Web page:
Global warming may slowly reduce the incidence of tick-borne disease in Europe over the next 50 years.
Tick-borne encephalitis, a disease of the central nervous system, is transmitted by tick bites or by drinking milk from infected animals. The infection has recently been on the increase in Central Europe as the economic situation forces people into more subsistence lifestyles.
However, new findings that will be published in Proceedings of the Royal Society next week, suggest this worrying trend may be reversed as the climate changes.
Sarah Randolph and David Rogers at the University of Oxford found the range of the disease is likely to contract markedly as hotter, drier summers disrupt the specialised feeding behaviour of ticks that allows the disease to be transmitted.
"Ticks can feed only three times during their whole life, once at each of their three stages of development after hatching - larva, nymph and adult. This means there are relatively few occasions they can feed on an infected animal," says Professor Rogers.
To make things more difficult, the disease is very transient in its mammal host, lasting just four to five days. The virus therefore gets transmitted by the process of co-feeding transmission.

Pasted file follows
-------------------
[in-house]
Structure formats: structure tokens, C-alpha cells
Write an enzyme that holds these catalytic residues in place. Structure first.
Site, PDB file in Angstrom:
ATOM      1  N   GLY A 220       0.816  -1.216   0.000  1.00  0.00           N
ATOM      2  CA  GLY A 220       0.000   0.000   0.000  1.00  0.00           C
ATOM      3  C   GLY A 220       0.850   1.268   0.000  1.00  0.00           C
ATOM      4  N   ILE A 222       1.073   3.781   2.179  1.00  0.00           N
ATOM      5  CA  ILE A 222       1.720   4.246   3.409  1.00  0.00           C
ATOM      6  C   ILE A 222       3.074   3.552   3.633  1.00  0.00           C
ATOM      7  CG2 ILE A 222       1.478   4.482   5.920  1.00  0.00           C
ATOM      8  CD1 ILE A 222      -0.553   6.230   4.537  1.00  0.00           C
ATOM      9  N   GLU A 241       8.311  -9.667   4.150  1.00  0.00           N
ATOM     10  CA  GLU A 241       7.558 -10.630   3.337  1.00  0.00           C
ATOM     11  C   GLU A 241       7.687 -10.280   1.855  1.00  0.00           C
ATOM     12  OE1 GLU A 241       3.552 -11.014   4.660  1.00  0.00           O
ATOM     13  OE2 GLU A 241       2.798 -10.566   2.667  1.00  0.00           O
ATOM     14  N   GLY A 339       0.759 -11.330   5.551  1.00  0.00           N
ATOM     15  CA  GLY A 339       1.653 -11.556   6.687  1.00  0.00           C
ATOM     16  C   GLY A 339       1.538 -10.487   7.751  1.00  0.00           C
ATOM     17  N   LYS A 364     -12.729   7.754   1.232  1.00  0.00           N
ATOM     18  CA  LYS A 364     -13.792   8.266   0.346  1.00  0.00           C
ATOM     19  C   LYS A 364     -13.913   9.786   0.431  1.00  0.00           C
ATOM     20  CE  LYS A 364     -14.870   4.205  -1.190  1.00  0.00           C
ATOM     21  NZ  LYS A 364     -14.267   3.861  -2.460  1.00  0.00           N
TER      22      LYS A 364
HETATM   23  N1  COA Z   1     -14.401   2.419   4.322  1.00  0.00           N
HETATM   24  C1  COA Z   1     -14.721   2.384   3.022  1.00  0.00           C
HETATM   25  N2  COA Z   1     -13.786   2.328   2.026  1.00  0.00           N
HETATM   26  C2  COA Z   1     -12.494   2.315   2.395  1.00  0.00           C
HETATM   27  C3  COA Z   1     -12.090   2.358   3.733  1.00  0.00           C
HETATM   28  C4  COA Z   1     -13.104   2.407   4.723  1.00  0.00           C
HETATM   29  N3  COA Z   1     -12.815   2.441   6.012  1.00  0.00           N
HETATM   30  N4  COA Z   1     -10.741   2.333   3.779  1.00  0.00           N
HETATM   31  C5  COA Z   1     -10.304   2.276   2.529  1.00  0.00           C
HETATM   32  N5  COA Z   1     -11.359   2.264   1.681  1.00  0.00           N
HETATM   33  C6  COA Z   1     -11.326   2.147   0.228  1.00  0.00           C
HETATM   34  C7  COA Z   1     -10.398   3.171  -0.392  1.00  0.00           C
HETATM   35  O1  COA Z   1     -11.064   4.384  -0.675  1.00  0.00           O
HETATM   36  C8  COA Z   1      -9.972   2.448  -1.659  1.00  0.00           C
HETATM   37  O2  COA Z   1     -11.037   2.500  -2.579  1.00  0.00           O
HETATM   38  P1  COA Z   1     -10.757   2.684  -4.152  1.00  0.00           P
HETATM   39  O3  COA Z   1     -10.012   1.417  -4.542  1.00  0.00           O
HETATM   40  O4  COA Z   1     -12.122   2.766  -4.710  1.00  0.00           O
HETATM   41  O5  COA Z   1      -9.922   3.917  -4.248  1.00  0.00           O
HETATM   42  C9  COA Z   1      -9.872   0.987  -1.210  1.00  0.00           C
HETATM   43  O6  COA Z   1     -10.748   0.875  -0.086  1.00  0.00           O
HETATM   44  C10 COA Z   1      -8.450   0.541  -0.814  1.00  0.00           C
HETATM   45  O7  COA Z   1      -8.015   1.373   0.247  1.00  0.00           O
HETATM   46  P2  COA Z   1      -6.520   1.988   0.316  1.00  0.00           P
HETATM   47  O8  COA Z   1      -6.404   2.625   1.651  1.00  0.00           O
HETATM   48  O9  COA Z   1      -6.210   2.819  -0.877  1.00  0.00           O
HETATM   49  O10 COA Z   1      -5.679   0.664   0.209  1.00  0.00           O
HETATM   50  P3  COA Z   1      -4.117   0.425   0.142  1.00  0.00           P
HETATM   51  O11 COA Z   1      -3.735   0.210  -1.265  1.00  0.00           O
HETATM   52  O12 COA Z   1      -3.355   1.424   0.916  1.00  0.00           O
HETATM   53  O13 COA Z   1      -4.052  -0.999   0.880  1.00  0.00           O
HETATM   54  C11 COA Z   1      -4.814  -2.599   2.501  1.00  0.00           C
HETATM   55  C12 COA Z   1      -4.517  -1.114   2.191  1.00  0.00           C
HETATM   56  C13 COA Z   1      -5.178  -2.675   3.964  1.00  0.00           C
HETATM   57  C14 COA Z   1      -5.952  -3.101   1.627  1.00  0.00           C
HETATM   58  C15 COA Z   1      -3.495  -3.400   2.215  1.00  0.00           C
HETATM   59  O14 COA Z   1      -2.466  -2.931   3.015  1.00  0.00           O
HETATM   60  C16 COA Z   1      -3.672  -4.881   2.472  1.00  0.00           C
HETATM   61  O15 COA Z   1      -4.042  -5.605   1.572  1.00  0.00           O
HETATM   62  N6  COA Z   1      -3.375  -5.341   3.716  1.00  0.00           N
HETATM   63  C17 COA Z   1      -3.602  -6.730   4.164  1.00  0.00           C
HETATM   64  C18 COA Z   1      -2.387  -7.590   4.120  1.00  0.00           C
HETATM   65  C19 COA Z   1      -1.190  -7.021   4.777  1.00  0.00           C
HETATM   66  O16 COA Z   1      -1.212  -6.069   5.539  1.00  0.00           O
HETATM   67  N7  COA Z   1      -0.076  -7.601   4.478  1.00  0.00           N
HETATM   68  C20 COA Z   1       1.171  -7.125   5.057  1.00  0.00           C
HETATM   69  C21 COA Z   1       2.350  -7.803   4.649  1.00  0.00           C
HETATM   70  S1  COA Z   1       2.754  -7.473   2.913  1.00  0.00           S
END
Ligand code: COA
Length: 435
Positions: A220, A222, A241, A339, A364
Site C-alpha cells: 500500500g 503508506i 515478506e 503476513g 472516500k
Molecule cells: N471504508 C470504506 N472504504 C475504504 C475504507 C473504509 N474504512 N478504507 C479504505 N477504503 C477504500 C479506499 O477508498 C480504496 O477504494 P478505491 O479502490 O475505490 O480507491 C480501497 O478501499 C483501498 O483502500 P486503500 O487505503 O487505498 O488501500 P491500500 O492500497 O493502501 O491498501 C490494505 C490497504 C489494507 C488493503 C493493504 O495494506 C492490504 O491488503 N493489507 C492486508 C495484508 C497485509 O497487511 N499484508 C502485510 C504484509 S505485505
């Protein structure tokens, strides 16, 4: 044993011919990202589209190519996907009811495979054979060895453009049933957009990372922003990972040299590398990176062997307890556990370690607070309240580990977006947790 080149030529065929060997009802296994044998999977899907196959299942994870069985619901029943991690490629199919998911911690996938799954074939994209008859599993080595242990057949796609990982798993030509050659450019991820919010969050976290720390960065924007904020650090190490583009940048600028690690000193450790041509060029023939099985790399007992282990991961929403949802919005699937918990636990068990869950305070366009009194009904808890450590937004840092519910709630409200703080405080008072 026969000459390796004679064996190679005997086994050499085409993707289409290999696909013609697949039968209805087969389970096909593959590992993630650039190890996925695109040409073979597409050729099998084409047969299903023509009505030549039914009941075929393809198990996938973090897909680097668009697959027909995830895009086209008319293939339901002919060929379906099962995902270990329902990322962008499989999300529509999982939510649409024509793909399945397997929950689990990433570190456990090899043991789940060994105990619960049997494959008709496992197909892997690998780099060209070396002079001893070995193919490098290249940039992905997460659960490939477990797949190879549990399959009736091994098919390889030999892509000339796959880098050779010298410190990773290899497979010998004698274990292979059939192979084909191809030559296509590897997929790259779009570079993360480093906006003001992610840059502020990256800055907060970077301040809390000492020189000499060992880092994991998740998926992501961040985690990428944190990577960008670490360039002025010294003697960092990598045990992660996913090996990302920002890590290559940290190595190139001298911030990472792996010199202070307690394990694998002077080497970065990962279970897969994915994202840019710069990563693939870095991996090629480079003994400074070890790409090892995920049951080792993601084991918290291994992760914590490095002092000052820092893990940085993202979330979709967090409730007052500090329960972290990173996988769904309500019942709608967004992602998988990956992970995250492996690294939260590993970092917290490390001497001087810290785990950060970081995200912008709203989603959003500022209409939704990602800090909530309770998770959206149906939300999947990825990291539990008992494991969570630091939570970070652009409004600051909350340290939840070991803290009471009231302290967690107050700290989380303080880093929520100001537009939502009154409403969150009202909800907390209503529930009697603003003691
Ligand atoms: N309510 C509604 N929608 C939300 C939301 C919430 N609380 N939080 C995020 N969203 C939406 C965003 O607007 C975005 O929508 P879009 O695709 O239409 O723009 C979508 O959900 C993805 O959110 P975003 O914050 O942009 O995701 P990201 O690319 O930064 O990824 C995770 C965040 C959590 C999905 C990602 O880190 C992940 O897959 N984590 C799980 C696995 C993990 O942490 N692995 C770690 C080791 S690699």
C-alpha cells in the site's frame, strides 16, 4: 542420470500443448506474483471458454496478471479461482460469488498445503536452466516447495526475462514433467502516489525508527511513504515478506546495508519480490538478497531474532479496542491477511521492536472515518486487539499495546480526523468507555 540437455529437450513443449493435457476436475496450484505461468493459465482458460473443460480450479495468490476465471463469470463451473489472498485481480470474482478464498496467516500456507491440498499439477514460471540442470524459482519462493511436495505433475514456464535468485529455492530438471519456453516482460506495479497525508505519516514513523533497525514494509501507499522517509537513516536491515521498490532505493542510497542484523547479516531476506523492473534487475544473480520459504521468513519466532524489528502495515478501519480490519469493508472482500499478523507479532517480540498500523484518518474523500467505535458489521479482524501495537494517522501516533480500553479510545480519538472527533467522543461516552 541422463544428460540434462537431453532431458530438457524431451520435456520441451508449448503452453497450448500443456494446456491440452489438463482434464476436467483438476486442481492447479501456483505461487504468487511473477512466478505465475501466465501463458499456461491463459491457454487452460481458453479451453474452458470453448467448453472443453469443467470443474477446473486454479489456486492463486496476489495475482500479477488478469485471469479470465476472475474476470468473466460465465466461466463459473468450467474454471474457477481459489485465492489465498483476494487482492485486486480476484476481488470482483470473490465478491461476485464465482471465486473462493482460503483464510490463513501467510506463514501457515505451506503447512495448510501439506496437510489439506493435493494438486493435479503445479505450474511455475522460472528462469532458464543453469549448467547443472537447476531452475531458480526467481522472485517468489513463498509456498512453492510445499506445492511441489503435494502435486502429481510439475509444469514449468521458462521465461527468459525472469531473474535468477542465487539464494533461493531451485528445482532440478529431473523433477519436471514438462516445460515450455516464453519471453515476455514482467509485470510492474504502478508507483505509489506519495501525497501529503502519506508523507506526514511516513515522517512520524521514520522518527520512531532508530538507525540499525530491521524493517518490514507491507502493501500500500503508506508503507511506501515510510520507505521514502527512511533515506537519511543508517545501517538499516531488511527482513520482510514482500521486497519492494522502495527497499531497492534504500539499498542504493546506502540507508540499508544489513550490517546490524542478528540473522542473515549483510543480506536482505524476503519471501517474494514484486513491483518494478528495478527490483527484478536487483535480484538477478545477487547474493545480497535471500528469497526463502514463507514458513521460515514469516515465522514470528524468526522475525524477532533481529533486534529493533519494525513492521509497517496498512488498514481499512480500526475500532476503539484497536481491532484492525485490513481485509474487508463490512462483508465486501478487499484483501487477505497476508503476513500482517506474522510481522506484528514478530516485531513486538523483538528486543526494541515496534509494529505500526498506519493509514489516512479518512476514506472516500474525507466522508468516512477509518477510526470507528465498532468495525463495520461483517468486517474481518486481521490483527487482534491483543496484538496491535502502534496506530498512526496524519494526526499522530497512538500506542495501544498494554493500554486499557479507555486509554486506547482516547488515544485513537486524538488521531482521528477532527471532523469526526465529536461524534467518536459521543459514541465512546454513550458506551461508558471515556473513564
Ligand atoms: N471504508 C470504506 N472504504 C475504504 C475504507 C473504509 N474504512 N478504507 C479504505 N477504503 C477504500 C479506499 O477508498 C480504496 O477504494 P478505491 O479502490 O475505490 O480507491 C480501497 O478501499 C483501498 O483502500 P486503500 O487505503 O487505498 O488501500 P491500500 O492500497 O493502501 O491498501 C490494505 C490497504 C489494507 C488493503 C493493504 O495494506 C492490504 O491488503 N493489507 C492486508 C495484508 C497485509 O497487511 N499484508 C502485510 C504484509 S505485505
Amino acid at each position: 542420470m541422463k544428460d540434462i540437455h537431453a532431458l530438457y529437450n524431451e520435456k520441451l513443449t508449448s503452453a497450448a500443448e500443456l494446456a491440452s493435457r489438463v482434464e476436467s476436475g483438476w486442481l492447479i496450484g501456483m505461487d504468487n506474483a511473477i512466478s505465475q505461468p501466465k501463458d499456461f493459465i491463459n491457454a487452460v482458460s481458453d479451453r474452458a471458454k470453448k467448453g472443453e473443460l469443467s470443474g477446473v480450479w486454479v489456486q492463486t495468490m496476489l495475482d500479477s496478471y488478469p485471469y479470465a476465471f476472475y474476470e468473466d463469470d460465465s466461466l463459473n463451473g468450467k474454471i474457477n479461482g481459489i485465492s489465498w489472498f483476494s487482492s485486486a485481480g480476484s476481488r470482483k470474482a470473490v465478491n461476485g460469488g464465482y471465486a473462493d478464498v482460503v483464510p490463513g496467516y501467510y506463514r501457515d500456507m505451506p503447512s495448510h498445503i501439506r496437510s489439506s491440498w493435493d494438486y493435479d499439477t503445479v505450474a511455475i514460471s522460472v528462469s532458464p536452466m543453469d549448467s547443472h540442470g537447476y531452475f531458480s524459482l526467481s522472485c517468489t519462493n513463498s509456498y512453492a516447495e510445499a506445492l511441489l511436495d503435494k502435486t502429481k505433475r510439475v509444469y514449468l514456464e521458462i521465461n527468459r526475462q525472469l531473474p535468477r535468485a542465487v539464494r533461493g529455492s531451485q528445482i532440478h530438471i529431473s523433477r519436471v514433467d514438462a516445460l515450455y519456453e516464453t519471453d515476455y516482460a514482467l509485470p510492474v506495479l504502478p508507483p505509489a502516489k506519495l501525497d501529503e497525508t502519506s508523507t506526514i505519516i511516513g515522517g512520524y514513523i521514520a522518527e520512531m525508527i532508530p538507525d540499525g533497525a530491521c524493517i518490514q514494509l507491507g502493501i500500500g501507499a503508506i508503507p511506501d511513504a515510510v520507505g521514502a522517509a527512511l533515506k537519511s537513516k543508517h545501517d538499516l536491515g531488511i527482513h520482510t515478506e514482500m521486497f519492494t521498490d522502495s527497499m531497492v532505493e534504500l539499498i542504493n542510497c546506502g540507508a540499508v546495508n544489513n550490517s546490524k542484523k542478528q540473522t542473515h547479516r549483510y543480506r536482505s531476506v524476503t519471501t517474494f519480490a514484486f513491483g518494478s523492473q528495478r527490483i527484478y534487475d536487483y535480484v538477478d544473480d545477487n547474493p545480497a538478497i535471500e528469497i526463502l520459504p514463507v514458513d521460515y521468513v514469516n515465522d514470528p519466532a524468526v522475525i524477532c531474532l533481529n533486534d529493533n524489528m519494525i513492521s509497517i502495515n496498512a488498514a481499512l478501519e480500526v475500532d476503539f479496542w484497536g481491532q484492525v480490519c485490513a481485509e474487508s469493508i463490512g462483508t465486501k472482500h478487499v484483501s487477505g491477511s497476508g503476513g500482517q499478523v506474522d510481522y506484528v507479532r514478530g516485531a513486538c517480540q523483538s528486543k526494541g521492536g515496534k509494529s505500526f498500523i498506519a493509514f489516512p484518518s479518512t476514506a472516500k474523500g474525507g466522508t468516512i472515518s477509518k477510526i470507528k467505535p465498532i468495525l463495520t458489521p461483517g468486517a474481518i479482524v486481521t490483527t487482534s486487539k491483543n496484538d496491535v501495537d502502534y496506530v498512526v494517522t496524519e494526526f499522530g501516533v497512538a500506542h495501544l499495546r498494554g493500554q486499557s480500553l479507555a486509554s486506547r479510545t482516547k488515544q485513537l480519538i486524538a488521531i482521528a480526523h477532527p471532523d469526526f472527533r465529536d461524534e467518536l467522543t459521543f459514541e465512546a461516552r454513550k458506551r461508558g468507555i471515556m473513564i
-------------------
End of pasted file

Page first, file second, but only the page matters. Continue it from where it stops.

"While one tick at one stage of its development takes its blood meal, it can transmit the disease to other ticks, at other stages of development, that are feeding on the same animal at the same time," Professor Rogers says. Ticks will feed on an animal for up to ten days, so there is ample time for the transfer of the virus.
However, successful co-feeding transmission requires the different stages of ticks to be active at the same time. This occurs only under very particular weather patterns.
"The ticks have a life cycle that takes more than one year to complete. Development and, therefore, further feeding, can be delayed from the end of one year - when life stages would not be synchronised - to the next year - when they are. Rapid chilling in autumn sends ticks into early winter hibernation and is typical of affected areas in Europe. But these conditions are likely to occur less and less in future," Professor Rogers says.
Ticks are second only to mosquitoes in their medical importance as carriers of disease on a worldwide scale. The effects of climatic change on cerebral malaria, which still affects more than 2.5 billion people, are shortly to be published by the same team in the journal Science.